How to Manage Pests

UC Pest Management Guidelines

Citrus

Brown Rot

Pathogen: Phytophthora spp.

(Reviewed 9/08, updated 9/08)

In this Guideline:


Symptoms

Symptoms appear primarily on mature or nearly mature fruit. Initially, the firm, leathery lesions have a water-soaked appearance, but they soon turn soft and have a tan to olive brown color and a pungent odor. Infected fruit eventually drop. Occasionally, twigs, leaves, and blossoms are infected, turning brown and dying.

Comments on the Disease

Brown rot is caused multiple species of Phytophthora when conditions are cool and wet. Brown rot develops mainly on fruit growing near the ground when Phytophthora spores from the soil are splashed onto the tree skirts during rainstorms; infections develop under continued wet conditions. Fruit in the early stage of the disease may go unnoticed at harvest and infect other fruit during storage.

Management

Brown rot management relies on prevention. Pruning tree skirts 24 or more inches above the ground can significantly reduce brown rot.

One spray of copper fungicide between October and December before or just after the first rain may provide protection throughout the wet season. When rainfall is excessive, you may have to repeat the spray in January or February. Spray the skirts to about 4 feet above ground. Spraying the ground underneath the trees also reduces brown rot infections.

Common name Amount to use R.E.I.‡ P.H.I.‡
(example trade name)   (hours) (days)

  Calculate impact of pesticide on air quality
 
When choosing a pesticide, consider the general properties of the fungicide as well as information relating to environmental impact. Not all registered pesticides are listed. Always read label of product being used.
 
A. FIXED COPPER# Label rates 24 0
  MODE OF ACTION GROUP NAME (FRAC NUMBER1): Multi-site contact (M1)
  COMMENTS: Where danger of copper injury is severe, apply in a mixture with 0.33–1 lb of hydrated lime per lb of dry copper fungicide. Not all copper compounds are approved for use in organic production; be sure to check individual products.
 
B. ZINC SULFATE+COPPER SULFATE+HYDRATED LIME#
  (3-2-6-100) 10–24 gal/tree See comments See comments
  MODE OF ACTION GROUP NAME (FRAC NUMBER1): Multi-site contact (M1)
  COMMENTS: For use on grapefruit, oranges, and lemons. Mix in 100 gal water. Apply from October through December, or just before or after first rain. Conveniently packaged, neutral copper zinc spray-dried materials to give equivalent metal content (0.6–0.8lb of metallic copper/100 gal water) may also be used if 4 oz of casein spreader-sticker are added per 100 gal water. More concentrated formulations of some materials may be applied at low volumes. Where danger of copper injury is severe, these products may be modified to make them safer by adding 0.33–1 lb of hydrated lime per/lb of dry copper fungicide. Not all copper compounds are approved for use in organic production; be sure to check individual products. For tank mixes, observe all directions for use on all labels, and employ the most restrictive limits and precautions. Never exceed the maximum a.i. on any label when tank mixing products that contain the same a.i. Use the restricted entry interval and preharvest interval of the product with the most restrictive label of those used in the tank mix.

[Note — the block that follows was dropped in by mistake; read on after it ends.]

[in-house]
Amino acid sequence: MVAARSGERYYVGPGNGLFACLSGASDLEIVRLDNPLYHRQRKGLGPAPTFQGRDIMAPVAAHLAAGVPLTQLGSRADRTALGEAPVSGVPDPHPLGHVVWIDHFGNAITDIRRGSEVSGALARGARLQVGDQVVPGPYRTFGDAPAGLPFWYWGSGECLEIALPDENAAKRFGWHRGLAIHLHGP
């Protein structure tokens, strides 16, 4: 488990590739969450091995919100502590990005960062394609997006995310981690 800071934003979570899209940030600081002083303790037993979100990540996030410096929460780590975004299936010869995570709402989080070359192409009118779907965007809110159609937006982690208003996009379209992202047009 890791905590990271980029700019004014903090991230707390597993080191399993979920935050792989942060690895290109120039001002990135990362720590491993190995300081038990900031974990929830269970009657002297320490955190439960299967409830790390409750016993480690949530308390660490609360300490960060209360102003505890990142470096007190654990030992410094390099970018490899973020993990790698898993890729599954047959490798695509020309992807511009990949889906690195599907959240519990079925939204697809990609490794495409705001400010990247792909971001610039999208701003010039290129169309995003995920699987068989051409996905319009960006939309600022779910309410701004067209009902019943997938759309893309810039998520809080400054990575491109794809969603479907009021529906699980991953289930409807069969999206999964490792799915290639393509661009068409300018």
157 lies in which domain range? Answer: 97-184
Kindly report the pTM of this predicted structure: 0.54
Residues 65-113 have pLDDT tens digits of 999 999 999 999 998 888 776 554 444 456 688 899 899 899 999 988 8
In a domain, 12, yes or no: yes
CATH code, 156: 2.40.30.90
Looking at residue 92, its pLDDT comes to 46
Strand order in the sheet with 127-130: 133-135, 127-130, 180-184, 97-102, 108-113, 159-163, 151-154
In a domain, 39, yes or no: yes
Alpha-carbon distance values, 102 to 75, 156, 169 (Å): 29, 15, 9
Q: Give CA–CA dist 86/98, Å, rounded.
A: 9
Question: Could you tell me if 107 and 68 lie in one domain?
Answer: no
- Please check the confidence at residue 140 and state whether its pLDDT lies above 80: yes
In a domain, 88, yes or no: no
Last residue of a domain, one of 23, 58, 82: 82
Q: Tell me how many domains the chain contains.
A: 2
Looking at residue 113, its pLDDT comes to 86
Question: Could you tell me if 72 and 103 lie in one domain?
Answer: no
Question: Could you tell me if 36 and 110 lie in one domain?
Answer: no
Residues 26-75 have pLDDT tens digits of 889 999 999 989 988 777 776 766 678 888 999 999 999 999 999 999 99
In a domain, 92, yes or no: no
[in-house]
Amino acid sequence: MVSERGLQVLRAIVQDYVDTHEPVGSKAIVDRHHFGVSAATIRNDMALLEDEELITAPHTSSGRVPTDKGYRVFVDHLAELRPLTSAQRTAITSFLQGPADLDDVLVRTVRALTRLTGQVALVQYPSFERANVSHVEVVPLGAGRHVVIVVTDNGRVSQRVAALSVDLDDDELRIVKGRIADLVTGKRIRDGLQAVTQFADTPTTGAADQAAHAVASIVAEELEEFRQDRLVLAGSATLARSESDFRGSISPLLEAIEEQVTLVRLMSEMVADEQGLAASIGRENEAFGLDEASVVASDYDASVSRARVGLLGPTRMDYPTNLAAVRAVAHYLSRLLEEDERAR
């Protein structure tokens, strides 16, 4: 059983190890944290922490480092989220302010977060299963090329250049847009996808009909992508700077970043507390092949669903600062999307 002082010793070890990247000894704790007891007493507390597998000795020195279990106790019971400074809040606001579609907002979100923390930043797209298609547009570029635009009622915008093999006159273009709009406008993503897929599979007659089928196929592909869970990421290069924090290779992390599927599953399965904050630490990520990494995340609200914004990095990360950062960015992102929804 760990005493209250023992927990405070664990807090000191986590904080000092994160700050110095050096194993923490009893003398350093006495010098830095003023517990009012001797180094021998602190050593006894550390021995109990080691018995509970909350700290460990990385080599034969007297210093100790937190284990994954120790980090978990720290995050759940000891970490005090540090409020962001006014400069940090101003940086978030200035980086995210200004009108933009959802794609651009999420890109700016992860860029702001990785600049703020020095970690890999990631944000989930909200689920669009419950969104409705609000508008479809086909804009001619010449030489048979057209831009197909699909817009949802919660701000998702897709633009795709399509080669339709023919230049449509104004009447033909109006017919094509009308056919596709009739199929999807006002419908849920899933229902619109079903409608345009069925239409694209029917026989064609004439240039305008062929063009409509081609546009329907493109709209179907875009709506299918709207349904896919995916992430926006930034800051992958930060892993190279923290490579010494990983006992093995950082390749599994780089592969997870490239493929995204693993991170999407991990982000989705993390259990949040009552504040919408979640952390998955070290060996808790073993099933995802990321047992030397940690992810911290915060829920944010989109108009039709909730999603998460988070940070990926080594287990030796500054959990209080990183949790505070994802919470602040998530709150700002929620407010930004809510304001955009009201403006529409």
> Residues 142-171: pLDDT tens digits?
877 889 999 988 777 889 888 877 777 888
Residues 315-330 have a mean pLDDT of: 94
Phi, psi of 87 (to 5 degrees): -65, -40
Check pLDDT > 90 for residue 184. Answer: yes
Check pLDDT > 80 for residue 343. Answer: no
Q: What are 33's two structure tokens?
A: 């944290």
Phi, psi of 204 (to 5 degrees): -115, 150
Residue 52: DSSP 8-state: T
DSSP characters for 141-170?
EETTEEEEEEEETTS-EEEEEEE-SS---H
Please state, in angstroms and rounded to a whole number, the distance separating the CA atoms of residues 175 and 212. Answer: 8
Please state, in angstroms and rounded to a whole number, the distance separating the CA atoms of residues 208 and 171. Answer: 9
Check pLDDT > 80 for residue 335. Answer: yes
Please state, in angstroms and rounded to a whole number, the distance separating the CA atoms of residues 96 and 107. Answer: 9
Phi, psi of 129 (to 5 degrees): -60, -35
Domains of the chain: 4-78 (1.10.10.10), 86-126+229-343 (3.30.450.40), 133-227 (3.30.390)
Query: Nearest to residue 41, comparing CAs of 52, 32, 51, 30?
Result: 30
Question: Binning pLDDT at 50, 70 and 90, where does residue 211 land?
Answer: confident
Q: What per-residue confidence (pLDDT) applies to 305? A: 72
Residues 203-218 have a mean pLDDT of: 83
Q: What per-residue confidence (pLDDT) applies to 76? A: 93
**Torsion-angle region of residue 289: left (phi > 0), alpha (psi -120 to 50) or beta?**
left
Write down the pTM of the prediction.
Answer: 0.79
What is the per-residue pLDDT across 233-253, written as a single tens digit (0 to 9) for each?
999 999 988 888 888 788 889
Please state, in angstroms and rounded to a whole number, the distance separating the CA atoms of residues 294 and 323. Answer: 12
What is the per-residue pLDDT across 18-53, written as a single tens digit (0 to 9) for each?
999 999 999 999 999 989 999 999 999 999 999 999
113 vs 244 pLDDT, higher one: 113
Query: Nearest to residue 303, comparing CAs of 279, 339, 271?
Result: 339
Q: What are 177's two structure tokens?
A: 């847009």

C. BORDEAUX# (3-4.5-100) 10–24 gal/tree See comments See comments
  MODE OF ACTION GROUP NAME (FRAC NUMBER1): Multi-site contact (M1)
  COMMENTS: For use on lemons, oranges, and grapefruit where there is no history of copper injury. Mix in 100 gal water. Not all copper compounds are approved for use in organic production; be sure to check individual products. For information on making Bordeaux mixture, see UC IPM Pest Note: Bordeaux Mixture,. Be sure to follow label directions as well. For tank mixes, observe all directions for use on all labels, and employ the most restrictive limits and precautions. Never exceed the maximum a.i. on any label when tank mixing products that contain the same a.i. Use the restricted entry interval and preharvest interval of the product with the most restrictive label of those used in the tank mix.
 
D. FOSETYL-AL
  (Aliette) 80WDG 5 lb/acre 12 30
  MODE OF ACTION GROUP NAME (FRAC NUMBER1): Phosphonate (33)
  COMMENTS: For use on all susceptible citrus. Apply in 100 gal/acre; spray to wet when conditions favor disease development. Do not exceed 4 applications of this product per year.
 
Restricted entry interval (R.E.I.) is the number of hours (unless otherwise noted) from treatment until the treated area can be safely entered without protective clothing. Preharvest interval (P.H.I.) is the number of days from treatment to harvest. In some cases the REI exceeds the PHI. The longer of two intervals is the minimum time that must elapse before harvest.
# Acceptable for use on organically grown produce.
1 Group numbers are assigned by the Fungicide Resistance Action Committee (FRAC) according to different modes of actions (for more information, see http://www.frac.info/). Fungicides with a different group number are suitable to alternate in a resistance management program. In California, make no more than one application of fungicides with mode of action Group numbers 1, 4, 9, 11, or 17 before rotating to a fungicide with a different mode of action Group number; for fungicides with other Group numbers, make no more than two consecutive applications before rotating to fungicide with a different mode of action Group number.

[Precautions]

PUBLICATION

[UC Peer Reviewed]

UC IPM Pest Management Guidelines: Citrus
UC ANR Publication 3441

Diseases

  • J. E. Adaskaveg, Plant Pathology, UC Riverside
Acknowledgment for contributions to Diseases:
  • J. A. Menge, Plant Pathology, UC Riverside
  • H. D. Ohr, Plant Pathology, UC Riverside

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